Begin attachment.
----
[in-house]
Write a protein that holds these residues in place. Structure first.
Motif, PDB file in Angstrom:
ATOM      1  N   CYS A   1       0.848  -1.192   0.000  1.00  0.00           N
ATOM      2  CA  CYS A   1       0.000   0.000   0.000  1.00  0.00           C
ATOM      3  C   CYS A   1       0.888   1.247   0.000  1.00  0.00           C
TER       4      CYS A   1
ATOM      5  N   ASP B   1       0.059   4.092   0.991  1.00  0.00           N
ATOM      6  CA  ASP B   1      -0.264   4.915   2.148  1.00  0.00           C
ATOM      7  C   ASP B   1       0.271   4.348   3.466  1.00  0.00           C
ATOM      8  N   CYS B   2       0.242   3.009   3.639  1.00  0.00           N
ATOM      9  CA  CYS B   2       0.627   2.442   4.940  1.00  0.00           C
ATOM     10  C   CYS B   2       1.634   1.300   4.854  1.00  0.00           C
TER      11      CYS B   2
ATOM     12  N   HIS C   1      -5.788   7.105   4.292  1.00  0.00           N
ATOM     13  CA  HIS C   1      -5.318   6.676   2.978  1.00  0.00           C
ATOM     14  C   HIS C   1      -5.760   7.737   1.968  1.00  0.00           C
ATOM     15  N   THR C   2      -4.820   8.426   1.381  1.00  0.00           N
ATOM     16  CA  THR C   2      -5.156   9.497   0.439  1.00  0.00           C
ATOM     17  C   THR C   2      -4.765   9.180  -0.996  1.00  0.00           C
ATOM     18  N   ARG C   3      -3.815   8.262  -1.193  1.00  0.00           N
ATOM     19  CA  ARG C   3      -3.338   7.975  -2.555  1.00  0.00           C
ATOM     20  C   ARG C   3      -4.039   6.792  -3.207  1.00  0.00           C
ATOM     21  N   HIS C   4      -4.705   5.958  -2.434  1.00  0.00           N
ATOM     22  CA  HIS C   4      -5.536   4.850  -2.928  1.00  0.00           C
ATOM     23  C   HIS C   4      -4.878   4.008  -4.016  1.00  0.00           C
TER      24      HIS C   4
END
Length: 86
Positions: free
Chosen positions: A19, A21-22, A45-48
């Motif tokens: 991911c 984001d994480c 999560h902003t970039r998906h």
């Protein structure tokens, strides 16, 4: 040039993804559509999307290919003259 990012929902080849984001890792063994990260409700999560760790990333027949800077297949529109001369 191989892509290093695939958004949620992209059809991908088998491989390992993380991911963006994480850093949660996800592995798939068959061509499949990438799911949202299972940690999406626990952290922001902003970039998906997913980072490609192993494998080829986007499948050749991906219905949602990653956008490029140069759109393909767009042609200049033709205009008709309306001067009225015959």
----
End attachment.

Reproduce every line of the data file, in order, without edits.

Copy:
[in-house]
Write a protein that holds these residues in place. Structure first.
Motif, PDB file in Angstrom:
ATOM      1  N   CYS A   1       0.848  -1.192   0.000  1.00  0.00           N
ATOM      2  CA  CYS A   1       0.000   0.000   0.000  1.00  0.00           C
ATOM      3  C   CYS A   1       0.888   1.247   0.000  1.00  0.00           C
TER       4      CYS A   1
ATOM      5  N   ASP B   1       0.059   4.092   0.991  1.00  0.00           N
ATOM      6  CA  ASP B   1      -0.264   4.915   2.148  1.00  0.00           C
ATOM      7  C   ASP B   1       0.271   4.348   3.466  1.00  0.00           C
ATOM      8  N   CYS B   2       0.242   3.009   3.639  1.00  0.00           N
ATOM      9  CA  CYS B   2       0.627   2.442   4.940  1.00  0.00           C
ATOM     10  C   CYS B   2       1.634   1.300   4.854  1.00  0.00           C
TER      11      CYS B   2
ATOM     12  N   HIS C   1      -5.788   7.105   4.292  1.00  0.00           N
ATOM     13  CA  HIS C   1      -5.318   6.676   2.978  1.00  0.00           C
ATOM     14  C   HIS C   1      -5.760   7.737   1.968  1.00  0.00           C
ATOM     15  N   THR C   2      -4.820   8.426   1.381  1.00  0.00           N
ATOM     16  CA  THR C   2      -5.156   9.497   0.439  1.00  0.00           C
ATOM     17  C   THR C   2      -4.765   9.180  -0.996  1.00  0.00           C
ATOM     18  N   ARG C   3      -3.815   8.262  -1.193  1.00  0.00           N
ATOM     19  CA  ARG C   3      -3.338   7.975  -2.555  1.00  0.00           C
ATOM     20  C   ARG C   3      -4.039   6.792  -3.207  1.00  0.00           C
ATOM     21  N   HIS C   4      -4.705   5.958  -2.434  1.00  0.00           N
ATOM     22  CA  HIS C   4      -5.536   4.850  -2.928  1.00  0.00           C
ATOM     23  C   HIS C   4      -4.878   4.008  -4.016  1.00  0.00           C
TER      24      HIS C   4
END
Length: 86
Positions: free
Chosen positions: A19, A21-22, A45-48
């Motif tokens: 991911c 984001d994480c 999560h902003t970039r998906h």
């Protein structure tokens, strides 16, 4: 040039993804559509999307290919003259 990012929902080849984001890792063994990260409700999560760790990333027949800077297949529109001369 191989892509290093695939958004949620992209059809991908088998491989390992993380991911963006994480850093949660996800592995798939068959061509499949990438799911949202299972940690999406626990952290922001902003970039998906997913980072490609192993494998080829986007499948050749991906219905949602990653956008490029140069759109393909767009042609200049033709205009008709309306001067009225015959």